Marlène Mocquet is a French painterd who lives and works in Paris. Born in Maison Alfort in 1979, Marlène Mocquet graduated from Paris’ Ecole Normale Superieure des Beaux-Arts in 2006. After solo exhibitions in Lyon, Paris and Hong Kong, she now presents her paintings in a solo show at the gallery Haunch of Venison in New York. The exhibition that runs until June 16, 2012 includes four paintings and two ceramic works.
Marlène Mocquet at Haunch of Venison, New York. Opening reception, May 17, 2012. Video by Shimon Azulay.
From the press release:
Mocquet’s paintings depict a fantastical world of animated and anthropomorphic creatures inhabiting a universe filled with hallucinogenic splashes of color. At first glance the works appear to portray a vision of whimsical fantasy, but upon further observation reveals a much darker more sinister existence. The beautiful realms Mocquet introduces are filled with menacing characters and macabre undertones set in a most beautifully tactile and opulent universe.
Mocquet’s paintings are an overflowing lush world inhabited by otherworldly beasts, manga and cartoon characters, and prehistoric imagery. However, it is not the characters that dictate Mocquet’s paintings but her instinctive and passionate use of material. As stated by Roberta Smith (New York Times, August 10, 2007) “…she exploits paint’s possibilities with flair, working thick, then thin, dripping, pouring and staining.” It is from these thick impasto-like layers of paint, alongside billowing clouds of glitter and lengthy drips of enamel that Mocquet’s imagery is born.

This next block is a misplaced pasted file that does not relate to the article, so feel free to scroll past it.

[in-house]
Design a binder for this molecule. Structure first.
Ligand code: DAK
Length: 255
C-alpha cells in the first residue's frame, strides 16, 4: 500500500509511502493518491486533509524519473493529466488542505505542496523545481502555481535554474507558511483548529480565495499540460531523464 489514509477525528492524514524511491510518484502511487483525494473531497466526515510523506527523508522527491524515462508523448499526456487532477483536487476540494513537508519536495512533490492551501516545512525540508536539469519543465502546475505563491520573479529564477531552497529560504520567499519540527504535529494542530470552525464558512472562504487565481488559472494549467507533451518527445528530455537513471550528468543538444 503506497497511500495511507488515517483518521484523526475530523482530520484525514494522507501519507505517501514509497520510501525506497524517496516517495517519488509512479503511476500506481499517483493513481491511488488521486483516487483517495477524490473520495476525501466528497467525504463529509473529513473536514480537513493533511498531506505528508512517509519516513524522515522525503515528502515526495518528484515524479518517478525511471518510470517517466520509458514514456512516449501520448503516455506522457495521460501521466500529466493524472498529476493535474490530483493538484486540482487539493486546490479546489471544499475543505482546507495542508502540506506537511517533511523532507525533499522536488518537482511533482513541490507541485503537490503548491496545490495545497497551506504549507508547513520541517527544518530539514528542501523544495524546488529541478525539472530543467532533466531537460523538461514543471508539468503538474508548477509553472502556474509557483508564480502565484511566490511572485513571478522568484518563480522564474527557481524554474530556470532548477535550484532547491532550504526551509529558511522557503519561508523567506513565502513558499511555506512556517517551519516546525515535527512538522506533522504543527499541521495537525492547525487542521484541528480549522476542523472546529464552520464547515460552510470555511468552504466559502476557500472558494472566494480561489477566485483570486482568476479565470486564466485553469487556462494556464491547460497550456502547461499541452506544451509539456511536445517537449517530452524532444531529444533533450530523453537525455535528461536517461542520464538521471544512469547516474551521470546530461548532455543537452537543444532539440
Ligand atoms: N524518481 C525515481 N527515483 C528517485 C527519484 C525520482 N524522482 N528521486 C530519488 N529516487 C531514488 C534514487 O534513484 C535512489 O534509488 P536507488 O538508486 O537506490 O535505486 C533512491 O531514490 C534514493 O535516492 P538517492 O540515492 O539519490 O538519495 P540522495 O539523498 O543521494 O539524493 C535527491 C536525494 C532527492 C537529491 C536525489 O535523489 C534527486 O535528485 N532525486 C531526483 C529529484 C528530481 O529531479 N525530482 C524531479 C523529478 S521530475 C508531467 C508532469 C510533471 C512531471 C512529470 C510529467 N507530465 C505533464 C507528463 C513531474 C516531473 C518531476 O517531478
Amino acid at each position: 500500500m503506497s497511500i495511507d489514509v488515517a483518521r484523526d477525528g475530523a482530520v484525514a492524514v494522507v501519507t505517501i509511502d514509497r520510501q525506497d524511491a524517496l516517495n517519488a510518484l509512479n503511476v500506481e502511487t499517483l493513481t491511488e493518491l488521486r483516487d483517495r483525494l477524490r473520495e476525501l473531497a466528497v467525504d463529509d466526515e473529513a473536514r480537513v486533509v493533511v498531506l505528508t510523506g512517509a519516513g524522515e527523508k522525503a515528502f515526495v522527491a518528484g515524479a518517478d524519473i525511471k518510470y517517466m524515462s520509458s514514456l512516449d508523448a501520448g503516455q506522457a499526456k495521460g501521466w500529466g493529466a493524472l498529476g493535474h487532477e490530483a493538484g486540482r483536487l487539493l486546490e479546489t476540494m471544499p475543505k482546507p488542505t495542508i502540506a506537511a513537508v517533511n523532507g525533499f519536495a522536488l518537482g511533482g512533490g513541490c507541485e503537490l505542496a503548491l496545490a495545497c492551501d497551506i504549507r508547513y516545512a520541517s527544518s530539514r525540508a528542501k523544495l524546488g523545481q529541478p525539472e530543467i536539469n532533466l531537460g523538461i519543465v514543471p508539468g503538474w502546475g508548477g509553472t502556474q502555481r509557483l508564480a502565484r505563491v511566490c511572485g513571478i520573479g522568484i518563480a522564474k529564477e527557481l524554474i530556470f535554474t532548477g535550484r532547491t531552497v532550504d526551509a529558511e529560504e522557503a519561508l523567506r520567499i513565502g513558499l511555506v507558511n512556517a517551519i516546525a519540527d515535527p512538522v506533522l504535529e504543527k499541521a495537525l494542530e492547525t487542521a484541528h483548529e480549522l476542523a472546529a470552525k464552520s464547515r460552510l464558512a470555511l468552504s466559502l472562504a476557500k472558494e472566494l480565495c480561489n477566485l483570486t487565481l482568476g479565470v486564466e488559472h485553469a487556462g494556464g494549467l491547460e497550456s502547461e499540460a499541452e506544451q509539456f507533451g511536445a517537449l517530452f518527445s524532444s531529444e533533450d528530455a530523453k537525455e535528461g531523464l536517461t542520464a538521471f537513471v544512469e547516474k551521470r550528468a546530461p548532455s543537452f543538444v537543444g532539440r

One of the highlights of the exhibition, Le Barrissement de la Peinture (The Trumpeting of the Paint), is a modest nine inches high and features a diaphanous figure gathering apples in a candy-colored landscape. Strange creatures surround the figure, one spewing paint into another’s throat through a long elephant-like trunk. The paint then gushes off the canvas. Wax, enamel, glitter and layer upon layer of paint enable Mocquet to achieve a highly tactile surface in which her figures take on a nearly sculptural quality. Her work, is both playful and grotesque, sharp and subtle, and warrants great inspection.